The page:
As for the getting out at even thing: if you sell and book a 40% loss, and take on a different stock which goes up 66% you are actually back to even; however, you will feel even better because the gain looks larger. (Think of it: Rs. 100 down to Rs. 60 is 40% down, and Rs. 60 back to Rs. 100 is 66% up)
The behavioural challenge is the biggest one because you hate to feel two things: Loss, and regret. If the stock goes up after you sell, you’ll feel even worse.
If it’s painful, I wouldn’t take multiple cuts. Once is enough. Cut the position, move on to the next one and remove the earlier one from your watchlist.
If you’re not entirely convinced of a replacement stock, then one way to do this would be to sell half and buy only half a position of the new stock. Then you can “test” your theory that the replacement is a better one. This part is more cumbersome because you have to re-evaluate over time.
No one has ever seen what a coronavirus lockdown will do to an economy. We think it’s going to be really horrible. We don’t know how our behaviour will change. We don’t know the social, political and economic impact. We would be lying to ourselves that we know anything much about the aftermath.
In that situation, all you’re going to do is to take positions based on some hypothesis. You might think a lot about this hypothesis. But don’t get married to it.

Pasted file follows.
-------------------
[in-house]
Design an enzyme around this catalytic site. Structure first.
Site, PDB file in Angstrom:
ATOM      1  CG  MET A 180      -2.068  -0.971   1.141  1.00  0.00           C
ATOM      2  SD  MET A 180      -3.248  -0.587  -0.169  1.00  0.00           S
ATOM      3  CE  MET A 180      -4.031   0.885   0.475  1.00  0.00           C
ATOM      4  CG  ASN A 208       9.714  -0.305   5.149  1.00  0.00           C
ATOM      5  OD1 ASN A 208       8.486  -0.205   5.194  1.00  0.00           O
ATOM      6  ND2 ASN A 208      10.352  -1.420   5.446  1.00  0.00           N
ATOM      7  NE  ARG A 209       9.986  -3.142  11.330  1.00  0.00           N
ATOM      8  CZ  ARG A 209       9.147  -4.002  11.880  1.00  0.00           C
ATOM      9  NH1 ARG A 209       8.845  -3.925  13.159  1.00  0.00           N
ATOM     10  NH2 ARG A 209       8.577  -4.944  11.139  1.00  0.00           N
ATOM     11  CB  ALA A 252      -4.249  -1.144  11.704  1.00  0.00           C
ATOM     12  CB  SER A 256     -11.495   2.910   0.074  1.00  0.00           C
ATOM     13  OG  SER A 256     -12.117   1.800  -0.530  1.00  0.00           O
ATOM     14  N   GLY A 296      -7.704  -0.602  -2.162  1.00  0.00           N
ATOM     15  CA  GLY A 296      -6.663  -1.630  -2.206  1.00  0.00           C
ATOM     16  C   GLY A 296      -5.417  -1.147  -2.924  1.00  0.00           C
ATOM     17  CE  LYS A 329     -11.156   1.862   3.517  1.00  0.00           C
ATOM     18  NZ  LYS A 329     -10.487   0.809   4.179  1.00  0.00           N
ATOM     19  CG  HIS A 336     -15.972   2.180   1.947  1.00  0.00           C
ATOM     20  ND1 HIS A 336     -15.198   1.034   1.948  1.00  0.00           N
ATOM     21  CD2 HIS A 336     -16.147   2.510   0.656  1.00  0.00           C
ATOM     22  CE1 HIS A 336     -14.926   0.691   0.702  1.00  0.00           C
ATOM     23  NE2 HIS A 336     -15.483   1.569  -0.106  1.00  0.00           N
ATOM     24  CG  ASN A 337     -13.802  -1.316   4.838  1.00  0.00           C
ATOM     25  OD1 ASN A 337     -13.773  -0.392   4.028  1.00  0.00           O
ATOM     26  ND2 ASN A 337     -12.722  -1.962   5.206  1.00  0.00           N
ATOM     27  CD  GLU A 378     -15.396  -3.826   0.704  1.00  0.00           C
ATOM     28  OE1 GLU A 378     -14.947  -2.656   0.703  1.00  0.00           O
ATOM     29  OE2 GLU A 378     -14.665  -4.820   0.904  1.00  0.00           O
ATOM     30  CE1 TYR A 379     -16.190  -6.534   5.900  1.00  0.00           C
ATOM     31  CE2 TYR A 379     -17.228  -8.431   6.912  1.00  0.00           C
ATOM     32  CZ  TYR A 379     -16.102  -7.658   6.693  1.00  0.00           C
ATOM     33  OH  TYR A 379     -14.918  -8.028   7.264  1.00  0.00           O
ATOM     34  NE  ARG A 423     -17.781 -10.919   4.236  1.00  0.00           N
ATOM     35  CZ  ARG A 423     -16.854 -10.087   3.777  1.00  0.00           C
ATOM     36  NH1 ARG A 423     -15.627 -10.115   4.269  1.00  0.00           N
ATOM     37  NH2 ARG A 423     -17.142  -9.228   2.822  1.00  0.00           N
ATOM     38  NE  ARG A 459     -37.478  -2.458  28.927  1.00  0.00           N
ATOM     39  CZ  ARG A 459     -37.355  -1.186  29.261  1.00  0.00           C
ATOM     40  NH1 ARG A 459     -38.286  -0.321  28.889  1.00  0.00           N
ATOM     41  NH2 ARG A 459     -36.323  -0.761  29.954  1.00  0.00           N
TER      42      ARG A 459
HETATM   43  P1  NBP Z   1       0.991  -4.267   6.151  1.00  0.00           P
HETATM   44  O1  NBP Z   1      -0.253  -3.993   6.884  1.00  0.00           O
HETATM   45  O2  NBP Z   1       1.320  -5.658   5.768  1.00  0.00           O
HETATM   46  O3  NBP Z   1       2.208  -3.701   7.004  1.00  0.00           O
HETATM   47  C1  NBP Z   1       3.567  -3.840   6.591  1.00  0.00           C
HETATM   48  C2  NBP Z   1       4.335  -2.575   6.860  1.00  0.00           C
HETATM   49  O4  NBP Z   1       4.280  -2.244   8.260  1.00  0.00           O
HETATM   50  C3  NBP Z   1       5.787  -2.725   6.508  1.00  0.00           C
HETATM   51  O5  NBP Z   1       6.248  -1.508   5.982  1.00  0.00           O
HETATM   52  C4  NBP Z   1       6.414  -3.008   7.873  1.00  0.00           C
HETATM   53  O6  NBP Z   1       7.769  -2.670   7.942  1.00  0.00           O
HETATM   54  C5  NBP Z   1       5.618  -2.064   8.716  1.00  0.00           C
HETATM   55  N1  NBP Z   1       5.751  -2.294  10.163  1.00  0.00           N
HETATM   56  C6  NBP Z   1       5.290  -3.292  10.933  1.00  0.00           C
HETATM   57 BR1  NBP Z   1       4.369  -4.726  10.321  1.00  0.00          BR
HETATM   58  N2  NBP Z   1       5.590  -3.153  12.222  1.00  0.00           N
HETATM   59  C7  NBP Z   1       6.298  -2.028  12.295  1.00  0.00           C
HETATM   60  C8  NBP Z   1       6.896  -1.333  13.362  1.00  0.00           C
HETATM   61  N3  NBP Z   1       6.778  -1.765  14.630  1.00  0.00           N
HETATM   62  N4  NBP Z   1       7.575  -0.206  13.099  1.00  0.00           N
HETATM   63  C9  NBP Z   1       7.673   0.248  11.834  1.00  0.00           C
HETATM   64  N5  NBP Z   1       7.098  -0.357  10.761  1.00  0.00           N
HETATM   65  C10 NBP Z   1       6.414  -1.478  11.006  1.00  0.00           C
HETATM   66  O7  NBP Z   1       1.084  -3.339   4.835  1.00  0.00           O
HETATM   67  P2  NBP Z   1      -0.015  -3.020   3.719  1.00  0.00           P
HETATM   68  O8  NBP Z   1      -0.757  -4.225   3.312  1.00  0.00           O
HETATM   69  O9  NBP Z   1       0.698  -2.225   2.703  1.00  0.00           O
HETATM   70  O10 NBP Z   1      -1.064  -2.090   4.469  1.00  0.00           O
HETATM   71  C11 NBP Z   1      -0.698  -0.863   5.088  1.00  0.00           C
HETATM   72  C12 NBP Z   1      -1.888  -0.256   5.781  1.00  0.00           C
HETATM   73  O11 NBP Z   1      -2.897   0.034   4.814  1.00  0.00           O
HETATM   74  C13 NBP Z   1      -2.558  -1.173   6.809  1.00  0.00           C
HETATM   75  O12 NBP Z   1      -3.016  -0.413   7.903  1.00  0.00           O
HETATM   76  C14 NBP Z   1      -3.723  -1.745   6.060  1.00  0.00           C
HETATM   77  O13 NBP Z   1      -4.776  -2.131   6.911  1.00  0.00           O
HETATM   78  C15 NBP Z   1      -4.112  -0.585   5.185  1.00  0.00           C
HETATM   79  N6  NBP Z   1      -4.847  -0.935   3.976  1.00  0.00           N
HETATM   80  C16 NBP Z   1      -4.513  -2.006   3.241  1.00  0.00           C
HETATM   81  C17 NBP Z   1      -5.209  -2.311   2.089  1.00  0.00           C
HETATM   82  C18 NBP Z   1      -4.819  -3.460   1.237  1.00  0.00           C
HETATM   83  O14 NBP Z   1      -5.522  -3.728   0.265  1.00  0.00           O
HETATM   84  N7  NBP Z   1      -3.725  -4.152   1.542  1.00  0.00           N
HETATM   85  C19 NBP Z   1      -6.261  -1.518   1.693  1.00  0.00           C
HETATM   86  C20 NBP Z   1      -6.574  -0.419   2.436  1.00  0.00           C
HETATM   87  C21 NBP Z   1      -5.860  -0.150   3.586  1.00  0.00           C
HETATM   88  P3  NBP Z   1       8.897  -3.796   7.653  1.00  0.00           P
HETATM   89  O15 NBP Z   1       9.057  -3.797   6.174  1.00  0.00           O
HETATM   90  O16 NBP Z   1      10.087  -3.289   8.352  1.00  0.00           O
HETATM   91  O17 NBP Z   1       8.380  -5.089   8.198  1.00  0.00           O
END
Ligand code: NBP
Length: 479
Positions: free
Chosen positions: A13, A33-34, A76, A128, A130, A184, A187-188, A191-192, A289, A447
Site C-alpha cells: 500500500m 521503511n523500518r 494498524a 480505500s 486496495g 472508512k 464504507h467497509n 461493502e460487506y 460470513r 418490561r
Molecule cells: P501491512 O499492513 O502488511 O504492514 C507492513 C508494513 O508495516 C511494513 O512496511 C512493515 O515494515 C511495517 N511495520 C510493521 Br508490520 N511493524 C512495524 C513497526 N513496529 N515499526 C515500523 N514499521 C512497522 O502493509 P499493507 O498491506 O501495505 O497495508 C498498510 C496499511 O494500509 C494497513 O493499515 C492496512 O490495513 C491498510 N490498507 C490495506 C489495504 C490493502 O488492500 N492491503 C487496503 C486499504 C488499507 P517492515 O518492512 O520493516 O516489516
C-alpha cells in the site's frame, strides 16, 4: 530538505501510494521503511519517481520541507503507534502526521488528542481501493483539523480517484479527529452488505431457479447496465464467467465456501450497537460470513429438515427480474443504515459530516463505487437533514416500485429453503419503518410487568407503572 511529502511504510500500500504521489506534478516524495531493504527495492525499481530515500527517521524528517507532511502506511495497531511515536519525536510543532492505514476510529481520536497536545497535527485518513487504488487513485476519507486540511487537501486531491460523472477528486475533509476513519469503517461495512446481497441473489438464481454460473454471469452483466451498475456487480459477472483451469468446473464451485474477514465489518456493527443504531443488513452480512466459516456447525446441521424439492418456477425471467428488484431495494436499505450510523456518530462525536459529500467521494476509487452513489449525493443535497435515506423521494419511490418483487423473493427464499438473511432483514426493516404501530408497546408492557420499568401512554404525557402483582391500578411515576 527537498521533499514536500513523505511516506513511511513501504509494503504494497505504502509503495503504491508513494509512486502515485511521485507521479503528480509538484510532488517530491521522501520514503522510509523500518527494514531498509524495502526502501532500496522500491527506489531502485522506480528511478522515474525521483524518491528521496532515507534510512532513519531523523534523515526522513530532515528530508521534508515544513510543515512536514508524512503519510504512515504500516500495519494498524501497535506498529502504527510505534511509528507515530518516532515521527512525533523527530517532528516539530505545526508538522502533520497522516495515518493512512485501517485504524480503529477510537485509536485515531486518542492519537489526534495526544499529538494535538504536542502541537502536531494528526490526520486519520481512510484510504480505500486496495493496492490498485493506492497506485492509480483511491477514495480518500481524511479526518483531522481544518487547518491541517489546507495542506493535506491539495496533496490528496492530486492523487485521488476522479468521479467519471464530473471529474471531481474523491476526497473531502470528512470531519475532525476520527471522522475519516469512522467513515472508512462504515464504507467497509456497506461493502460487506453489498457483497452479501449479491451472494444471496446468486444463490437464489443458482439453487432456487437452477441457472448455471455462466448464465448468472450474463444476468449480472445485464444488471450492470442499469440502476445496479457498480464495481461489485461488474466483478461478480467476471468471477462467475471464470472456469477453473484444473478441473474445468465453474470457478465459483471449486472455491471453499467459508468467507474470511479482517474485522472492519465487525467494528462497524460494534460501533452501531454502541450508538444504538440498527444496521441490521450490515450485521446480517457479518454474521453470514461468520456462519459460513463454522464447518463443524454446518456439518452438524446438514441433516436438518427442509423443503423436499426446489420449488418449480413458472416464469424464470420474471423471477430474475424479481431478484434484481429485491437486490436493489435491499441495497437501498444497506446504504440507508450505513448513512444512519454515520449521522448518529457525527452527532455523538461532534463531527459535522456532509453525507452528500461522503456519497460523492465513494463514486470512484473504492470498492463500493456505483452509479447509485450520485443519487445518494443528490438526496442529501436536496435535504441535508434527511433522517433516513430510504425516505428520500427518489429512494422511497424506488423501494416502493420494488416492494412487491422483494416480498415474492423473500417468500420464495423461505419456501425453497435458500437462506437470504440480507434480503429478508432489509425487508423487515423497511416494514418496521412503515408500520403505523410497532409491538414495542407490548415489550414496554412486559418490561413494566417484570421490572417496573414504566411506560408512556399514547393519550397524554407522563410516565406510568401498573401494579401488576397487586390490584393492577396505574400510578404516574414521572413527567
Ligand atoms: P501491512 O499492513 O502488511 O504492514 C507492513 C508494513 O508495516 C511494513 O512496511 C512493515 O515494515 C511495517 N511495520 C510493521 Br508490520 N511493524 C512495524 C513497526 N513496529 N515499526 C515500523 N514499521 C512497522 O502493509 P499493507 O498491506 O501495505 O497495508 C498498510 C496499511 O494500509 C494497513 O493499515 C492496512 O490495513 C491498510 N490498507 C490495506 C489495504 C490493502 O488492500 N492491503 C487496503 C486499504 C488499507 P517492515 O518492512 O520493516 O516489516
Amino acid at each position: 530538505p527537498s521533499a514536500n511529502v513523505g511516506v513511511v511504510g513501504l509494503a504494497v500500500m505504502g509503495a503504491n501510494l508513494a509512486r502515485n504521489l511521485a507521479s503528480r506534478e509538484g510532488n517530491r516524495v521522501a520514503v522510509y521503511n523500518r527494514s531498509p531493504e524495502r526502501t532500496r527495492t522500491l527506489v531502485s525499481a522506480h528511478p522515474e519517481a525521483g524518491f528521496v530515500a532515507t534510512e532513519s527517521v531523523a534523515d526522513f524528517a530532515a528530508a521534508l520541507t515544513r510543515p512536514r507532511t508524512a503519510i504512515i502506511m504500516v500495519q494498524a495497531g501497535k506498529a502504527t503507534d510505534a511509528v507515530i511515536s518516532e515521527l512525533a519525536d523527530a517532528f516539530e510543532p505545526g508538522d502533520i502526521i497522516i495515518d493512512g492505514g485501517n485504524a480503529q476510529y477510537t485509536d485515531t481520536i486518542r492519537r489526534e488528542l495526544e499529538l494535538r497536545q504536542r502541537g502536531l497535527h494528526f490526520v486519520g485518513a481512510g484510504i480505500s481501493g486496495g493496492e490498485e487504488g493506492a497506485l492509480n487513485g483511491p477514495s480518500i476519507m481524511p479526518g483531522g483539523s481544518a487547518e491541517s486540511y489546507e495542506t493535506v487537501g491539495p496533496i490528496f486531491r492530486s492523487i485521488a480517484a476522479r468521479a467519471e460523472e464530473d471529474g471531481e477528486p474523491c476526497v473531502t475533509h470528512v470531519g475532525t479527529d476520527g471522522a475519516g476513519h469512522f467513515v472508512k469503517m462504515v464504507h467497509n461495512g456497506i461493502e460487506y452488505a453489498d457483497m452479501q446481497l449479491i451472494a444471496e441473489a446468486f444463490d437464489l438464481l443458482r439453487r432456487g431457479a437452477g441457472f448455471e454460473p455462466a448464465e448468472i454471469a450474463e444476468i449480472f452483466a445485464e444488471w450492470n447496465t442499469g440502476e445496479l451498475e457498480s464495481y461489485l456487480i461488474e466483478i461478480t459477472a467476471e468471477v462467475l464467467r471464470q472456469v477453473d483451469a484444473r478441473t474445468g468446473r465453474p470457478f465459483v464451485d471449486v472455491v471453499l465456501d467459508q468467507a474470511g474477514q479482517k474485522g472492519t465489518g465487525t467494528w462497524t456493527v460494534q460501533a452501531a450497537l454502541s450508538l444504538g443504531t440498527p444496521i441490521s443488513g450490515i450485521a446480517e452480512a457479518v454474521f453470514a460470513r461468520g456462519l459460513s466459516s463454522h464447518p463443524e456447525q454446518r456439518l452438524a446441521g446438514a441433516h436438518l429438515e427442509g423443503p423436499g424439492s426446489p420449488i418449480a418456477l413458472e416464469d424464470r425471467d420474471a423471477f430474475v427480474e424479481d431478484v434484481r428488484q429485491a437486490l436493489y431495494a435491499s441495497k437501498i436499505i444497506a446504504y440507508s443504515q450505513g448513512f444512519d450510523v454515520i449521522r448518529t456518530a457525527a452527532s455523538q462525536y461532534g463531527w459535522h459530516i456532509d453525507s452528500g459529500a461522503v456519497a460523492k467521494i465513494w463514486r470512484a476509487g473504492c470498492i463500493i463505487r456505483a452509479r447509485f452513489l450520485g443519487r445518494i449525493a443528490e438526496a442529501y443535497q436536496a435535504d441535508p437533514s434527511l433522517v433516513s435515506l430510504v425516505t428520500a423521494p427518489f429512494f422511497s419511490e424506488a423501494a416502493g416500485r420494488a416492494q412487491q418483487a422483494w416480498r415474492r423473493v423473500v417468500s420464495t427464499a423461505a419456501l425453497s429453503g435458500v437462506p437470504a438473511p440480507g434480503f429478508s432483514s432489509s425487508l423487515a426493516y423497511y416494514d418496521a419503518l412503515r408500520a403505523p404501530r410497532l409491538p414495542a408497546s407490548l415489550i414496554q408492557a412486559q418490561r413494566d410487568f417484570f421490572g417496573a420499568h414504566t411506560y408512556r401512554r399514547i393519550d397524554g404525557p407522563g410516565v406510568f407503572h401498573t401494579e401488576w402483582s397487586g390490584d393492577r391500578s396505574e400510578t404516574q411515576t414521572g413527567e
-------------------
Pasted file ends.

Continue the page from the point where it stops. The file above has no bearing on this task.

Things will change, and your “replacement” stock may no longer look viable. Financials could be in deeper trouble than we think, or in less. Who’s to know now?
Here’s a scenario: Let’s just say one idea was to sell that NBFC because oh my goodness it is microfinance and the lowest income people are in serious trouble. Then, miraculously, (assume) it turns out that these are the very people that need credit after the lockdown ends, and they will use that money to get going again and repay them. And the RBI offers them intermediate support so they are able to lend. So you see that very sector recover much faster, will you stay out of the sector forever?
You have to swivel, strafe, pivot, and whatever other adjective they use nowadays to mean “I changed my mind”. Just change according to the times. There’s no meaning in looking only at past balance sheets, and there’s no meaning in being married to hypothesis of the future.
Regret is our enemy because we can’t get over the feeling that we should have been smart enough to do the right thing.
The fear of future regret – What if I sell now and it goes up? – is one of the reasons we hate to sell.
The other is the fear of taking losses – where people have told you that if you sell, you convert a notional loss to a real one. Notional losses are as real as your fretting about your portfolio losing money – if you haven’t sold, then why hurt when it’s down 20%? Sometimes you have to just take the loss and move on.
Every crisis will be overcome, eventually. Fear and panic cause people to freeze – and in many cases, it’s perfectly fine to not act at all. But in a crisis, you might find the time to work a better thought process. If there are better positions to take, and you know there are opportunities you like and threats you don’t, a portfolio rejig is the right thing to do.